of the High Altitude Observatory
at Boulder, Colo., and as a visit-
ing professor and advanced scien-
tific director at the Geophysical
Institute of the University of
Alaska.
George Jackson Eder, to be ap-
pointed research .associate and
visiting lecturer in business ad-
ministration, effective Nov. 1. He
is a research associate in law and
senior editor of the World Tax
Series at Harvard University.
Appoint Visiting Professor
Prof. Mark S. Massel, to be ap-
pointed visiting professor of law
and business administration, ef-
fective with the second semester,
1963-64. Since 1958 he has been a
member of the senior staff of
Brookings Institute.
Maj. William G. Roberts, to be
appointed assistant professor of
military science, effective Sept. 17.
A committee appointment was
Dr. James R. Hayward to a three-
year term on the executive com-
mittee of the dental school effec-
tive Nov. 1, succeeding Dr. Paul
Gibbons.1
Resignations
Prof. Jere E. Goyan of the phar-
macy school resigned effective
Aug. 17 to accept a position at the
University of California.
Prof. F. Rand Morton of the
romance language department to
resign effective Jan. 15, to accept
a consulting position with a uni-
versity in Japan.
Prof. Paul A. Srere of the chem-
istry department effective Sept. 1,
to accept a position with the Uni-
versity of California.
Deaths
Memoirs of Prof. Richard Hall
Jennnings of the architecture and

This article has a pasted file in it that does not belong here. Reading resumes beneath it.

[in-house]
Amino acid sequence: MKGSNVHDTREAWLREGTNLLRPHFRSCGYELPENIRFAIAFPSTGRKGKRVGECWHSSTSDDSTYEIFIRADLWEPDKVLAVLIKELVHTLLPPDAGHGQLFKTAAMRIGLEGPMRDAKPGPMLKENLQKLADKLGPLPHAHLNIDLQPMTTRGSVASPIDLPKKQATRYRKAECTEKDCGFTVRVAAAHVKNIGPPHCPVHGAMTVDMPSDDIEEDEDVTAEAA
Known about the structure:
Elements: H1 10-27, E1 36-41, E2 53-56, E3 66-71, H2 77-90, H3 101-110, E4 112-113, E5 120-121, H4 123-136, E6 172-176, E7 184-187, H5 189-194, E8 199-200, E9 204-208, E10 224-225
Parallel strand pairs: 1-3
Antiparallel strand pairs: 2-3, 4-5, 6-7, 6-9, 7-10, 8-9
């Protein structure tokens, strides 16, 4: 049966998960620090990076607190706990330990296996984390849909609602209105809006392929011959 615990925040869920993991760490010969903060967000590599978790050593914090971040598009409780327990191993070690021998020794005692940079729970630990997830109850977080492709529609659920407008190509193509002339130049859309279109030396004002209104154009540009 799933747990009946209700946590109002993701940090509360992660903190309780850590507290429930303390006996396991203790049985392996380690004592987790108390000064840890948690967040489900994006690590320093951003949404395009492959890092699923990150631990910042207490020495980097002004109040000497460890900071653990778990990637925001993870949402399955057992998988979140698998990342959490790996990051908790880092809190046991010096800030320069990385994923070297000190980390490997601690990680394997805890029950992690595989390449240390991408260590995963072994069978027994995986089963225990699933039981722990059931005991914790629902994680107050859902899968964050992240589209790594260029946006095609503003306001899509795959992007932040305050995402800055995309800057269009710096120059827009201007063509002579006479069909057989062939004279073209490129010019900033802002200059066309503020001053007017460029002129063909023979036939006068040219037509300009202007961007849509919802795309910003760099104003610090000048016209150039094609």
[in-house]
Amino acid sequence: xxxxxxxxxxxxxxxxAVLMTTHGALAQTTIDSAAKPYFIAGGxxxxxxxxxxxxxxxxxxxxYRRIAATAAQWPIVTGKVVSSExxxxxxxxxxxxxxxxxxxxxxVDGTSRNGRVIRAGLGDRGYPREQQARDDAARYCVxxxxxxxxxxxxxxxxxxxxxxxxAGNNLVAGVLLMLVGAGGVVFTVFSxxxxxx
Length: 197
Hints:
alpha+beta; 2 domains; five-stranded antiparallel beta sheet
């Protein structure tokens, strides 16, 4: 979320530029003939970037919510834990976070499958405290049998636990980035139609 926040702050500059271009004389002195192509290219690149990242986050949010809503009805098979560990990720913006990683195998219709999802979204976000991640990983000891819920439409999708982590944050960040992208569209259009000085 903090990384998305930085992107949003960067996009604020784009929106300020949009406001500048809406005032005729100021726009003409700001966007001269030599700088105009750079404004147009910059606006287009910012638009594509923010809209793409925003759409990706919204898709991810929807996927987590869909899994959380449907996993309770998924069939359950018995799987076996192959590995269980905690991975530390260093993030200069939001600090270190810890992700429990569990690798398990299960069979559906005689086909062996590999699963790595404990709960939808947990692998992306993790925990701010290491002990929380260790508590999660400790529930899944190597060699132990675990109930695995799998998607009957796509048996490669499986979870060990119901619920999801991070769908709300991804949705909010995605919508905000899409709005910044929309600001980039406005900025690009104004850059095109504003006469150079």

design college and Prof. Philip
Munro Northrop of the dental
school, who both died on Sept.
28, were accepted by the Regents.

CAROLINGIAN RENAISSANCE:
Wolff Ascribes Success
To European Cooperation

By JOHN WEILER
Whatever-the merits of the Car-
olingian Renaissance, they are to
be ascribed to the international
cooperation that prevailed at the
time throughout Western Europe,
Prof. Philippe Wolff of the Uni-
versity of Toulouse said yesterday.
Prof. Wolff said that the mid-
Eighth century nations were un-
derdeveloped agriculturally, so-
cially and culturally. There was a
general lack of security due to
barbaric and Islamic invasions of
Europe, the Byzantine reconquest
by Justinian and a gradual de-
cline of the Roman administra-
tive system. Yet the cooperation
that prevailed was able to over-
come these adverse factors.
Favorable Factors
Prof. Wollf noted the presence
of several favorable factors which
aided the growth of the Renais-
sance. These factors included a
rich cultural heritage, both lit-
erary and legal, especially in the
Mediterranean area.
There was an absense of the
spirit of nationalism which might